People complain about the volume of meetings they attend… a lot. Is adding a weekly or monthly team meeting worth it? If you don’t think so, I’m guessing you’ve had a bad experience with a regular team meeting or feel that you and your team are too busy to add something else to your schedules. Maybe in the past the regular team meetings you attended have been poorly planned and were not particularly meaningful. There is no doubt that bringing a team together just because you were told to, or because you haven’t done it in a while won’t be effective and will be a waste of time.
For regularly scheduled team meetings to be effective, they need to be well planned. Why are we bringing the team together? What do we want to reinforce and accomplish through these meetings? What crucial updates can we share and what progress can we show?
There can be significant power in building meaningful routines with your team. The concern is that a routine meeting might get stale, or sometimes it takes a while to figure out the right routine for a team and they give up before finding their meeting rhythm. A routine team meeting once a week, month or quarter (depending on the needs and focus of your team) can have a powerful impact. Here are a few of the biggest impacts I’ve seen:
- Team Meetings, when done well, build alignment within the team. As a leader, you have the opportunity to communicate and reinforce the WHY of the organization (the values and the purpose), and the WHY of your team and projects to ensure everyone understands the big picture and feels connected to it.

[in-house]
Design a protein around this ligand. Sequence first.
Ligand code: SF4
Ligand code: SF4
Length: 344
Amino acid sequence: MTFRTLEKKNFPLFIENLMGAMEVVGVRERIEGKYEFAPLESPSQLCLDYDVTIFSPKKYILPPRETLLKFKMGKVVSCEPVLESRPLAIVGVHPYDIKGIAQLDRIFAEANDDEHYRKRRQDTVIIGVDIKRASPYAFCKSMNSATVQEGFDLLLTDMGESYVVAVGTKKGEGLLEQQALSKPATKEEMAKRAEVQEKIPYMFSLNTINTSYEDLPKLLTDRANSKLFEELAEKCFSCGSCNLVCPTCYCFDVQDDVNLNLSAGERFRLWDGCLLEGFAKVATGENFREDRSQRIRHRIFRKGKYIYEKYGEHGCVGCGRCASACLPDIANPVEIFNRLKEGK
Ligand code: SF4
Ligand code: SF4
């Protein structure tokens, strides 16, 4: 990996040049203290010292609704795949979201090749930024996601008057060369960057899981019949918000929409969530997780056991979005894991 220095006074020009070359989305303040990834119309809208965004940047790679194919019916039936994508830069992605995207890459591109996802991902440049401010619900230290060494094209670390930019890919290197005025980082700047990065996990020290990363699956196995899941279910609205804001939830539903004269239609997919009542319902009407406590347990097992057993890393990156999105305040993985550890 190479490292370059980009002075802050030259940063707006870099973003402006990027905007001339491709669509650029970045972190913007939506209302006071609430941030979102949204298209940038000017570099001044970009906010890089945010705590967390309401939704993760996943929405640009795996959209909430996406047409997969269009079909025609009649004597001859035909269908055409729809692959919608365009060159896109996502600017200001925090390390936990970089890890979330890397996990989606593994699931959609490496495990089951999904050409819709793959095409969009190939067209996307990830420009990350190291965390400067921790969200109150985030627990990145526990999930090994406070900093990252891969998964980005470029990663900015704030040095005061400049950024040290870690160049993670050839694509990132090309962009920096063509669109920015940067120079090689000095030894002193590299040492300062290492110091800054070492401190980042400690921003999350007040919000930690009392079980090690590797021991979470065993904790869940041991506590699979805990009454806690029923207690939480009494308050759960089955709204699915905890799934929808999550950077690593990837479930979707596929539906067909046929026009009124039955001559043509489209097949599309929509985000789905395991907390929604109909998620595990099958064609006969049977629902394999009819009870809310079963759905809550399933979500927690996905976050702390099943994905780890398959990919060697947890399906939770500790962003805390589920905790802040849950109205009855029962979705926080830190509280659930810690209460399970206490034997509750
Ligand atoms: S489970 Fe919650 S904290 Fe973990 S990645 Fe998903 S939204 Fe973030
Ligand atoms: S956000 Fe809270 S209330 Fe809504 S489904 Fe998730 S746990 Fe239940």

- When done well, Team Meetings build ownership amongst the team and hold the team and the individuals on the team accountable. At each meeting, discuss what top priorities are, what projects are on the plate and the timeline. That information is tracked in meeting minutes and is then followed up on at the next team meeting. No one wants to attend a meeting and be the one who doesn’t have a meaningful update on their progress. Individual team members also get insight into what everyone else is working on and can see the level of ownership and commitment amongst their colleagues. Teams where individuals feel their colleagues are committed to quality work perform better than teams who don’t.
- Team Meetings are an excellent opportunity for leaders to demonstrate the progress the team has made and build commitment toward bigger goals. Teams do better with more information and when they are reminded of how far they have come.
The goal of the meeting is really to inspire greater effort and more engagement when the team goes back to work following the meeting. If the team works harder, has a better understanding of why they are doing what they’re doing, and know what updates they are accountable to report on at the next meeting, their chances of success are greatly increased.
If you do make the commitment to incorporate a weekly or monthly team meeting into your team’s schedule, be sure to lead by example. Make that team meeting a priority for you so that your team members also make it a priority. Hold to your meeting schedule. Only cancel the meeting or move the meeting time if absolutely necessary. In a busy time or in a time with few updates, still meet, just keep the meeting shorter with very high level updates.
When leaders run well-planned team meetings routinely that involve participants, communicate the WHY and expectations, develop action items and follow up on past items…You not only get results, you also build your team and a culture of ownership and commitment.
Jane Helbrecht is a Partner at Acuity HR Solutions. She leads the training and development function with a focus on Acuity’s Intentional People Leadership training program.